Shabbat is the day when God’s Divine Presence, the Shekhinah, is most revealed and accessible. The Shekhinah itself is associated with the seventh of the lower Sefirot, called Malkhut. On that note, the seven days of the week actually correspond to the seven lower Sefirot (see Sha’ar HaMitzvot on Behar). Sunday is Chessed, Monday is Gevurah, Tuesday is Tiferet, and so on. These also correspond to the seven visible luminaries in the sky above us: sun and moon, and the five planets Mercury, Venus, Mars, Jupiter, and Saturn (the other planets are not visible to the naked eye and were only discovered after the invention of the telescope). In his Discourse on Rosh HaShanah, the Ramban (Rabbi Moshe ben Nachman, 1194-1270) explains that pagans named their days of the week after these luminaries (and their corresponding deities). In English: Saturday after Saturn, Sunday after the sun, Monday after the moon, and Tuesday, Wednesday, Thursday, and Friday after the Norse gods Tiw, Odin, Thor, and Frigga. In French: Lundi for Luna (the moon), Mardi for Mars, Mercredi for Mercury, Jeudi for Jupiter, Vendredi for Venus. Contrary to them, the Ramban points out that Jews call the days of the week numerically in relation to the holy Shabbat: yom rishon, yom sheni, etc.
The Sages do admit that the luminaries have a spiritual influence on the events and people of this planet (Shabbat 156a). However, Israel is able to break free from this astrological influence and determine their own fate. (For more, see ‘Astrology and Astronomy in Judaism’.) The Ba’al HaTurim (Rabbi Yakov ben Asher, 1269-1343) interestingly notes how in olden days the Jewish court would convene on Thursdays because the Torah says b’tzedek tishpot (Leviticus 19:15), “you shall rule justly”, and tzedek also happens to be the Hebrew name of the planet Jupiter, which “rules” over Thursday! (The beit din would also convene on Mondays which, Kabbalistically, is the day of Gevurah and Din, “judgement”.) Saturn, with its beautiful rings and record-number of moons, is associated with Shabbat, and in fact it is called Shabbatai in Hebrew. Historically, the pagans always held Saturn as the greatest of their “gods”, while in Judaism it simply corresponds to the greatest day of the week.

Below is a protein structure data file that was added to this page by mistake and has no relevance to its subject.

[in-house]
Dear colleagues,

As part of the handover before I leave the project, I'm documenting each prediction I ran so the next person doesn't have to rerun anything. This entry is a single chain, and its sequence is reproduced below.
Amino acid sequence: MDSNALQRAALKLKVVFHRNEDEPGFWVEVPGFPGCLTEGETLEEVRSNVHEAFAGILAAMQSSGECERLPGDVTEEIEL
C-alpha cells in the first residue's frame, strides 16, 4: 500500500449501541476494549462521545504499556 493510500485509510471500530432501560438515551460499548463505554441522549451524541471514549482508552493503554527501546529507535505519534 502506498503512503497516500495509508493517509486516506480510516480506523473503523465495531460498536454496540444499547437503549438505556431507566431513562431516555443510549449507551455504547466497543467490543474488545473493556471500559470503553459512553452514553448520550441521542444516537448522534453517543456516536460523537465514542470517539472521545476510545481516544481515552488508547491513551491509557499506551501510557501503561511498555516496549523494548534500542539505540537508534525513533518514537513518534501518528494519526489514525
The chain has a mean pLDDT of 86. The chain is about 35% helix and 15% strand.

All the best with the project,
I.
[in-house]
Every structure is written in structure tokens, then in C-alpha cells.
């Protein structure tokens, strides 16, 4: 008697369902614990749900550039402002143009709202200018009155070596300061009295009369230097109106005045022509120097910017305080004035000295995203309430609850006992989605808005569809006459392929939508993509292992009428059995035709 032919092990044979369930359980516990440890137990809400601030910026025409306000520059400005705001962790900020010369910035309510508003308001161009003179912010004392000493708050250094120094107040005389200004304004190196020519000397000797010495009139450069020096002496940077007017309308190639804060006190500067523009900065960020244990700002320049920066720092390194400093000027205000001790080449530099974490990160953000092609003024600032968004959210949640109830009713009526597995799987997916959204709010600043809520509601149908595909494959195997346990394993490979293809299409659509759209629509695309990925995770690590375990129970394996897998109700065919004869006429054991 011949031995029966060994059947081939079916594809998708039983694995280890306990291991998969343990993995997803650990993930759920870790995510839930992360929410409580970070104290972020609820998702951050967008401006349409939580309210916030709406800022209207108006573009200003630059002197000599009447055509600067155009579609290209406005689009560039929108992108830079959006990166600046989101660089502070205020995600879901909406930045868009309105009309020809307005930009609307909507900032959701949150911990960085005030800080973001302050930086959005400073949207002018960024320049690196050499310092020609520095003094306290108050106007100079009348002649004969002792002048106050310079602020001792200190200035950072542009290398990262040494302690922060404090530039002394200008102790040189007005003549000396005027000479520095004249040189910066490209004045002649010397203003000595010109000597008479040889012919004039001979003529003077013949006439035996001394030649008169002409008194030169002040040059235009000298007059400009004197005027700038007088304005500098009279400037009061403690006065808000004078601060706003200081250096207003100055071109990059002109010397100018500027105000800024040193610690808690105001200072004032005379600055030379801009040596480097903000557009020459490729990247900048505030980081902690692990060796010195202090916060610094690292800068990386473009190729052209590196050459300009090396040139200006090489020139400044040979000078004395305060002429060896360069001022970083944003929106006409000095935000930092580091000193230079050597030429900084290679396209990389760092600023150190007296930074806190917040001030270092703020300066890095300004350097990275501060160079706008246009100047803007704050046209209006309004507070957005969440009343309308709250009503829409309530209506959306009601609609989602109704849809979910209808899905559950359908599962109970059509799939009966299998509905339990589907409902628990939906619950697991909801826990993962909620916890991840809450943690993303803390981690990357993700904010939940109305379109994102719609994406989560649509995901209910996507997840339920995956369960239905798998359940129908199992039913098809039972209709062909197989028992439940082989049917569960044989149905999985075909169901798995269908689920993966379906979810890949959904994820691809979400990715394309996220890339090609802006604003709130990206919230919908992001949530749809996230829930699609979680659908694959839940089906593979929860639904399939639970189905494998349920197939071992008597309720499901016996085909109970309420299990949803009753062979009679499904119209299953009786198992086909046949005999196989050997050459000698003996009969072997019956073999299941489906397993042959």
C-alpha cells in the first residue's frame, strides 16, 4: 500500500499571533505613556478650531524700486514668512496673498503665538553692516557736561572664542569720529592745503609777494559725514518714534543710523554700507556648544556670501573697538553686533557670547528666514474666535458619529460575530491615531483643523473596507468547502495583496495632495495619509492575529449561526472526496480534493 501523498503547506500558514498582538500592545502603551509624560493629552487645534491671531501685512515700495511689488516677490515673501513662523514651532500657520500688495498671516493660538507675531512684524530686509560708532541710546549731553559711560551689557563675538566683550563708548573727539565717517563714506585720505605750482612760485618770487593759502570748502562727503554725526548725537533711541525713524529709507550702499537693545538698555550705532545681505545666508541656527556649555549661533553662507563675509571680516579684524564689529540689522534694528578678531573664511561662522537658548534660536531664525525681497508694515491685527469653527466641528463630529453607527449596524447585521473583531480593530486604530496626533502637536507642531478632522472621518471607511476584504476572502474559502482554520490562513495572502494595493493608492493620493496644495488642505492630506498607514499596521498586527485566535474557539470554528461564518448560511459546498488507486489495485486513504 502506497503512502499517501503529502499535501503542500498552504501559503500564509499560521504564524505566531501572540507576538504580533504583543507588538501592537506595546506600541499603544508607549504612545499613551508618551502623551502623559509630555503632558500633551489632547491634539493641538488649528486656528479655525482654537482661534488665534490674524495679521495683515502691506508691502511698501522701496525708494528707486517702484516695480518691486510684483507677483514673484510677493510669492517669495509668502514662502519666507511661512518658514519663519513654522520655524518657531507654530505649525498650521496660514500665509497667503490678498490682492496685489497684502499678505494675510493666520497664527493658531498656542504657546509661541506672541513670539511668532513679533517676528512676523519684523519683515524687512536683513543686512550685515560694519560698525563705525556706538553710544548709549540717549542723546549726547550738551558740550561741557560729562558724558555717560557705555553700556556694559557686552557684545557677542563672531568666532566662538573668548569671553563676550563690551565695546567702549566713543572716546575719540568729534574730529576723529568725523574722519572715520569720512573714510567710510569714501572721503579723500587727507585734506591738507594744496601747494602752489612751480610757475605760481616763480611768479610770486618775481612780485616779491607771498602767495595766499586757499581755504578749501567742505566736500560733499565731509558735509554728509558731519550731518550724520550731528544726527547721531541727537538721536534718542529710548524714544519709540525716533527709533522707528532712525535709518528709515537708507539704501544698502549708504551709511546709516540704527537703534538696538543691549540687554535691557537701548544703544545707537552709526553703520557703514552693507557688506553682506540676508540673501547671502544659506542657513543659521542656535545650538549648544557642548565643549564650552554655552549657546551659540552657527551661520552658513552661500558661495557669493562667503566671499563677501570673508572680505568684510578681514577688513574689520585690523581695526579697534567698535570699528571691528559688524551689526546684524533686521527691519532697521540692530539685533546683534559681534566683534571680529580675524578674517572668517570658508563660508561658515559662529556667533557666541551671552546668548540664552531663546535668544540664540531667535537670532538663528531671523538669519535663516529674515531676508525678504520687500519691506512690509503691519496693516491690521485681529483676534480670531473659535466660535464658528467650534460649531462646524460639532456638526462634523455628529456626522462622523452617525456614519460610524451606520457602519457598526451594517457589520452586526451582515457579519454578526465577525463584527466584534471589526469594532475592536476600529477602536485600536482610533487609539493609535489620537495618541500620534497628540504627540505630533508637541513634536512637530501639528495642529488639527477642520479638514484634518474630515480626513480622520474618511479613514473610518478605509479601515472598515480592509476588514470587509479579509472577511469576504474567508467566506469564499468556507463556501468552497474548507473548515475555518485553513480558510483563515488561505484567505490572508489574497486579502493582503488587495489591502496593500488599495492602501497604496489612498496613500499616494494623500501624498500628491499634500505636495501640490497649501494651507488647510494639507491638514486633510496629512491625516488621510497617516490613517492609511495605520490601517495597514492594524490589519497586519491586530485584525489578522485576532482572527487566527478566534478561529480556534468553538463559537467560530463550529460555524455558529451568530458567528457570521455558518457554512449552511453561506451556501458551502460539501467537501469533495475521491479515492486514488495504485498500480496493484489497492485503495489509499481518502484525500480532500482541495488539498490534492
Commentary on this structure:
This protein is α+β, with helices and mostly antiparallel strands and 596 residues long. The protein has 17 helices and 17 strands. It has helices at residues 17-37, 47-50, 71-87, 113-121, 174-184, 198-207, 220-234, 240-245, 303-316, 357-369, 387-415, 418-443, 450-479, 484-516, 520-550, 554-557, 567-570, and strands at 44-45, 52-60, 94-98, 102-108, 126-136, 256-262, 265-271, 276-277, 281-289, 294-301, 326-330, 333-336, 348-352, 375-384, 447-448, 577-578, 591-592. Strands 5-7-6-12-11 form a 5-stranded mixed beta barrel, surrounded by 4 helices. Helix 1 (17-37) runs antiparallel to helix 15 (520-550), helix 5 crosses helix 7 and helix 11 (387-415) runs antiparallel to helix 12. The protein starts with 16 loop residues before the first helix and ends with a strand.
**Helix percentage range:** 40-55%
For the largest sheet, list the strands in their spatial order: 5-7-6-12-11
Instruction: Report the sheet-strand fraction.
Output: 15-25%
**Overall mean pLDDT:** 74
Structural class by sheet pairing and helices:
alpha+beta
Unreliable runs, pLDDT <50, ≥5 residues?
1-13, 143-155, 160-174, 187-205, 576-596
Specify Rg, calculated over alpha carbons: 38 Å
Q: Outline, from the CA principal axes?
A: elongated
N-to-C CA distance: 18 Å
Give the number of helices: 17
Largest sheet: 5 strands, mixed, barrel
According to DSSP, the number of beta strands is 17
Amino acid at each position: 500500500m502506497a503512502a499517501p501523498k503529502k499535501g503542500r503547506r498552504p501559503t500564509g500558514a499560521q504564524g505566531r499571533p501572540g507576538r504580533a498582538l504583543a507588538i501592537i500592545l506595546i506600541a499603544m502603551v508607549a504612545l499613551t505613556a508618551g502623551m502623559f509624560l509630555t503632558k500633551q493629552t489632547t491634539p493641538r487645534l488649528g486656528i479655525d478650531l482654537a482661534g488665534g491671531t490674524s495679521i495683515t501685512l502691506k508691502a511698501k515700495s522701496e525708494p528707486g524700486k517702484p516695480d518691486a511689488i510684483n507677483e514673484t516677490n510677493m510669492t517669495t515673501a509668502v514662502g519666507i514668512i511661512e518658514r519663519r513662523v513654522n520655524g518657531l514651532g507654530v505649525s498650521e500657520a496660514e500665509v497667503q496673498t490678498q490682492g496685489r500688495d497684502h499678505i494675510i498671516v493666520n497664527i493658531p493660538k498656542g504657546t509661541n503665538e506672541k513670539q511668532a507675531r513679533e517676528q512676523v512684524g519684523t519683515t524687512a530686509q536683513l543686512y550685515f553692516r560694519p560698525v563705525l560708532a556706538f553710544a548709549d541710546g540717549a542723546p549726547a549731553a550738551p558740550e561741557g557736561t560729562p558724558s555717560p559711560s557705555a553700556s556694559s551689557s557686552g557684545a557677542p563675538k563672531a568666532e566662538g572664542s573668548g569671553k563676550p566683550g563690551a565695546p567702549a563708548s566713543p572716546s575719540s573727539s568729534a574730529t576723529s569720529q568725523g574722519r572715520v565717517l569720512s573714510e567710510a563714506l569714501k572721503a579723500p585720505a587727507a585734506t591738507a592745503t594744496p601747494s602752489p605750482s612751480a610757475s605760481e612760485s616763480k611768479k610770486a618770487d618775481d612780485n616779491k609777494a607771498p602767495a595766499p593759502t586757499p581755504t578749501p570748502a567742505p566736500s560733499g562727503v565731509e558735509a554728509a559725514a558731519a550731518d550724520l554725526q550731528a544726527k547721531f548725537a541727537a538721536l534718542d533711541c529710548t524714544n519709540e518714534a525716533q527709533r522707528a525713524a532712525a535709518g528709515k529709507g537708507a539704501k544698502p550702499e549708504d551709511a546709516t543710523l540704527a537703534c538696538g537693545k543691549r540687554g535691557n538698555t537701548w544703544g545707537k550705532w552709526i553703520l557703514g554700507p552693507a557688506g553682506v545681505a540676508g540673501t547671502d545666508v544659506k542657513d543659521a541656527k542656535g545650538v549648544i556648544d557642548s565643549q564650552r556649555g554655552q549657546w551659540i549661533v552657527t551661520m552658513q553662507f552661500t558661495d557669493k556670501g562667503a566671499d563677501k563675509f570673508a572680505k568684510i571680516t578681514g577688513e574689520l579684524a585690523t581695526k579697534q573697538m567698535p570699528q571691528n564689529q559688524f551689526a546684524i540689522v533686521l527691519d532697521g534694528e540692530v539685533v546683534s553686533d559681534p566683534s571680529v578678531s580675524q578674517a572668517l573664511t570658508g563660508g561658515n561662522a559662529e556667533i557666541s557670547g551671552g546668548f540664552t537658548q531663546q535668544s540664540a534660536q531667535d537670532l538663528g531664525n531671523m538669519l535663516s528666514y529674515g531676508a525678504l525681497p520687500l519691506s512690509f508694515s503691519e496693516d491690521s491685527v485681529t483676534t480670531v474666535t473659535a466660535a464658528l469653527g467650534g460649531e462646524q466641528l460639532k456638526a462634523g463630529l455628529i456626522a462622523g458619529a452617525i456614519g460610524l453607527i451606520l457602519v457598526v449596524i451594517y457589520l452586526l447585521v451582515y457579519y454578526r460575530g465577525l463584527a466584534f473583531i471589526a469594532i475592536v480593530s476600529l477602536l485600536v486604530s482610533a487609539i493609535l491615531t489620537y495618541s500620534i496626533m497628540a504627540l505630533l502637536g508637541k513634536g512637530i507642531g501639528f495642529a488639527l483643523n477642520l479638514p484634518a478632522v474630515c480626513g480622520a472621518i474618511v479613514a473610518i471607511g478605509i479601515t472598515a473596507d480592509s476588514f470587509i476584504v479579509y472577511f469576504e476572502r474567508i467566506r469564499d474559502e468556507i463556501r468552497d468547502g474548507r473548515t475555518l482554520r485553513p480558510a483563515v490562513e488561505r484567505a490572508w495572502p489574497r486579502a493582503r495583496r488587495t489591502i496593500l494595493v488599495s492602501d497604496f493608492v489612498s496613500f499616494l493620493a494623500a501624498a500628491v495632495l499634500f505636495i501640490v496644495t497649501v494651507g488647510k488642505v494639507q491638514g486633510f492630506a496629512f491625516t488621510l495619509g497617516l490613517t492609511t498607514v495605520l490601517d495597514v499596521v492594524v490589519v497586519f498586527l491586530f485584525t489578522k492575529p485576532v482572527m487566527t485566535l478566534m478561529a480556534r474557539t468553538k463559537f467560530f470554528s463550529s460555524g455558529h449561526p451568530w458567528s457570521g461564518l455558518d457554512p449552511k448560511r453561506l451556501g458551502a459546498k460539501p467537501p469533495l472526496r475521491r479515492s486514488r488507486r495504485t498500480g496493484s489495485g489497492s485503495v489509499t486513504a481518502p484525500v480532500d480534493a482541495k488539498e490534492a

Finally, the Arizal notes (in Sha’ar Ruach HaKodesh) that on each day of the week a different one of the four mystical olamot, parallel “worlds” or “universes”, is revealed and made more accessible. We inhabit and see all around us the world of Asiyah, which has its greatest expression on Tuesday and Wednesday. Above that is the world of Yetzirah, more accessible and visible on Monday and Thursday (the days when the Torah is read publicly in the synagogue). Higher still is Beriah, revealed on Sunday and Friday, the days immediately before and after the Sabbath, into which some of the Shabbat holiness “spills” over. It is only on Shabbat that we can more easily access the highest of the worlds, Atzilut, and get a true sense of God’s infinite emanation.
In this week’s parasha, Va’era, we read about the first seven of the Ten Plagues that God struck ancient Egypt with. The one that is particularly of interest today is dever, pestilence. While in Egypt, it primarily affected the livestock, the word dever can refer to any kind of pestilence. One of the big questions here is why the plague is called dever (דבר), a term we typically associate more with “speech” and “words”, davar. Perhaps one way to understand it is that a plague that is especially virulent, like the one in ancient Egypt—and the one we are in the midst of currently—can be spread even through speech. The plague (dever, דבר) is invisible and airborne, like a word (davar, דבר) itself.
Another way to understand it is to remember that the Tanakh often tells us that the world exists only through God’s Word. King David wrote poetically that “By the Word [davar] of God the Heavens were made, and by the breath of His mouth all of their hosts.” (Psalms 33:6) Even more relevant for us now, Moses told us that God “subjects you to hardship” and sends us difficult challenges “in order to teach you that man does not live on bread alone, but on all that comes out of the Mouth of God does man live.” (Deuteronomy 8:3) In times of plague, this is a vital message—and while it might be a most difficult one to accept, it is undeniably true nonetheless—that ultimately, who lives and who dies is decreed by the Word of God.